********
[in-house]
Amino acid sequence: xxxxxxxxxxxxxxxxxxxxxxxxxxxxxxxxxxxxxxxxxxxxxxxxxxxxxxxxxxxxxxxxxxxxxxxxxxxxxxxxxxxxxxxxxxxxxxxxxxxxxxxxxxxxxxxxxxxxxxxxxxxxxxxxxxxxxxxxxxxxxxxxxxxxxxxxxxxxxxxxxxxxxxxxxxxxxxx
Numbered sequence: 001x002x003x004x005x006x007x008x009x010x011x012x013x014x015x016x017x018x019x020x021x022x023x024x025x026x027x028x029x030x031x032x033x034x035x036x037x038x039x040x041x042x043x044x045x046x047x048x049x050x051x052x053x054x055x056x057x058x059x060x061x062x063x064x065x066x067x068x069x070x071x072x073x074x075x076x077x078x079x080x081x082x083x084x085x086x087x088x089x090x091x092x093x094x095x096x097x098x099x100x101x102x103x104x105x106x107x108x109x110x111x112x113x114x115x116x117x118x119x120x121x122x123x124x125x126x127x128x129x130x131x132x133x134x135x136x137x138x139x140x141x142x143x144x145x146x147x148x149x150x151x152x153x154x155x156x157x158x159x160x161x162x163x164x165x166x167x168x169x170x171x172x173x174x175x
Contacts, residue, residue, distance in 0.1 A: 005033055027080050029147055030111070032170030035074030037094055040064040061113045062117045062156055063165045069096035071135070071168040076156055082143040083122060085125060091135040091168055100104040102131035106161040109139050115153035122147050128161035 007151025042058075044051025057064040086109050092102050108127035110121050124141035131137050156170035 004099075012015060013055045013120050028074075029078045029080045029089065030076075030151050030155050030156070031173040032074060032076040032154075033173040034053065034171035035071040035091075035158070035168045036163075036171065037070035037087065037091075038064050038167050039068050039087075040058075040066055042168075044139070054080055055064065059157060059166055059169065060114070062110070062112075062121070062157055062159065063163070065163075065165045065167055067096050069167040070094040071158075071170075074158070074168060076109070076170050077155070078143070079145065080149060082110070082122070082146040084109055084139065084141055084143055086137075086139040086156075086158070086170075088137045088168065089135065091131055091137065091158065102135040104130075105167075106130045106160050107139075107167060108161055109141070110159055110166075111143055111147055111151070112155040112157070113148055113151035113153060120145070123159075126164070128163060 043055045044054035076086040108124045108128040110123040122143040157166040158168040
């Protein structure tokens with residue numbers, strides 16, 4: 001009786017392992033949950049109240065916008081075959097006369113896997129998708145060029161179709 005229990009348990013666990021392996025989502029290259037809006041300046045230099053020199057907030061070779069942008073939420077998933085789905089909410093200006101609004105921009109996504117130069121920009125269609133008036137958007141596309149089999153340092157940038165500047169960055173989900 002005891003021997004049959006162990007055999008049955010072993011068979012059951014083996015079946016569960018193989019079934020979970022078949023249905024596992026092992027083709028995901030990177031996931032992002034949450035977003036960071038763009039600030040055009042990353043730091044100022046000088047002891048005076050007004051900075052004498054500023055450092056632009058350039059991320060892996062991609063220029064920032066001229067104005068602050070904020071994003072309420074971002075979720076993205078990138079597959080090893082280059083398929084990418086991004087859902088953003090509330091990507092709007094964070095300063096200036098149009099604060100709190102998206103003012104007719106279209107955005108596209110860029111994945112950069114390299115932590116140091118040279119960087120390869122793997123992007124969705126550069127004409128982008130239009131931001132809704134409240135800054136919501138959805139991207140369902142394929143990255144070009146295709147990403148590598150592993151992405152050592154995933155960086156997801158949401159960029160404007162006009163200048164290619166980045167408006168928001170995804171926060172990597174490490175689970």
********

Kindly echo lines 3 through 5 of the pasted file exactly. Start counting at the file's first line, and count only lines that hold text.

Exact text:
Numbered sequence: 001x002x003x004x005x006x007x008x009x010x011x012x013x014x015x016x017x018x019x020x021x022x023x024x025x026x027x028x029x030x031x032x033x034x035x036x037x038x039x040x041x042x043x044x045x046x047x048x049x050x051x052x053x054x055x056x057x058x059x060x061x062x063x064x065x066x067x068x069x070x071x072x073x074x075x076x077x078x079x080x081x082x083x084x085x086x087x088x089x090x091x092x093x094x095x096x097x098x099x100x101x102x103x104x105x106x107x108x109x110x111x112x113x114x115x116x117x118x119x120x121x122x123x124x125x126x127x128x129x130x131x132x133x134x135x136x137x138x139x140x141x142x143x144x145x146x147x148x149x150x151x152x153x154x155x156x157x158x159x160x161x162x163x164x165x166x167x168x169x170x171x172x173x174x175x
Contacts, residue, residue, distance in 0.1 A: 005033055027080050029147055030111070032170030035074030037094055040064040061113045062117045062156055063165045069096035071135070071168040076156055082143040083122060085125060091135040091168055100104040102131035106161040109139050115153035122147050128161035 007151025042058075044051025057064040086109050092102050108127035110121050124141035131137050156170035 004099075012015060013055045013120050028074075029078045029080045029089065030076075030151050030155050030156070031173040032074060032076040032154075033173040034053065034171035035071040035091075035158070035168045036163075036171065037070035037087065037091075038064050038167050039068050039087075040058075040066055042168075044139070054080055055064065059157060059166055059169065060114070062110070062112075062121070062157055062159065063163070065163075065165045065167055067096050069167040070094040071158075071170075074158070074168060076109070076170050077155070078143070079145065080149060082110070082122070082146040084109055084139065084141055084143055086137075086139040086156075086158070086170075088137045088168065089135065091131055091137065091158065102135040104130075105167075106130045106160050107139075107167060108161055109141070110159055110166075111143055111147055111151070112155040112157070113148055113151035113153060120145070123159075126164070128163060 043055045044054035076086040108124045108128040110123040122143040157166040158168040
């Protein structure tokens with residue numbers, strides 16, 4: 001009786017392992033949950049109240065916008081075959097006369113896997129998708145060029161179709 005229990009348990013666990021392996025989502029290259037809006041300046045230099053020199057907030061070779069942008073939420077998933085789905089909410093200006101609004105921009109996504117130069121920009125269609133008036137958007141596309149089999153340092157940038165500047169960055173989900 002005891003021997004049959006162990007055999008049955010072993011068979012059951014083996015079946016569960018193989019079934020979970022078949023249905024596992026092992027083709028995901030990177031996931032992002034949450035977003036960071038763009039600030040055009042990353043730091044100022046000088047002891048005076050007004051900075052004498054500023055450092056632009058350039059991320060892996062991609063220029064920032066001229067104005068602050070904020071994003072309420074971002075979720076993205078990138079597959080090893082280059083398929084990418086991004087859902088953003090509330091990507092709007094964070095300063096200036098149009099604060100709190102998206103003012104007719106279209107955005108596209110860029111994945112950069114390299115932590116140091118040279119960087120390869122793997123992007124969705126550069127004409128982008130239009131931001132809704134409240135800054136919501138959805139991207140369902142394929143990255144070009146295709147990403148590598150592993151992405152050592154995933155960086156997801158949401159960029160404007162006009163200048164290619166980045167408006168928001170995804171926060172990597174490490175689970």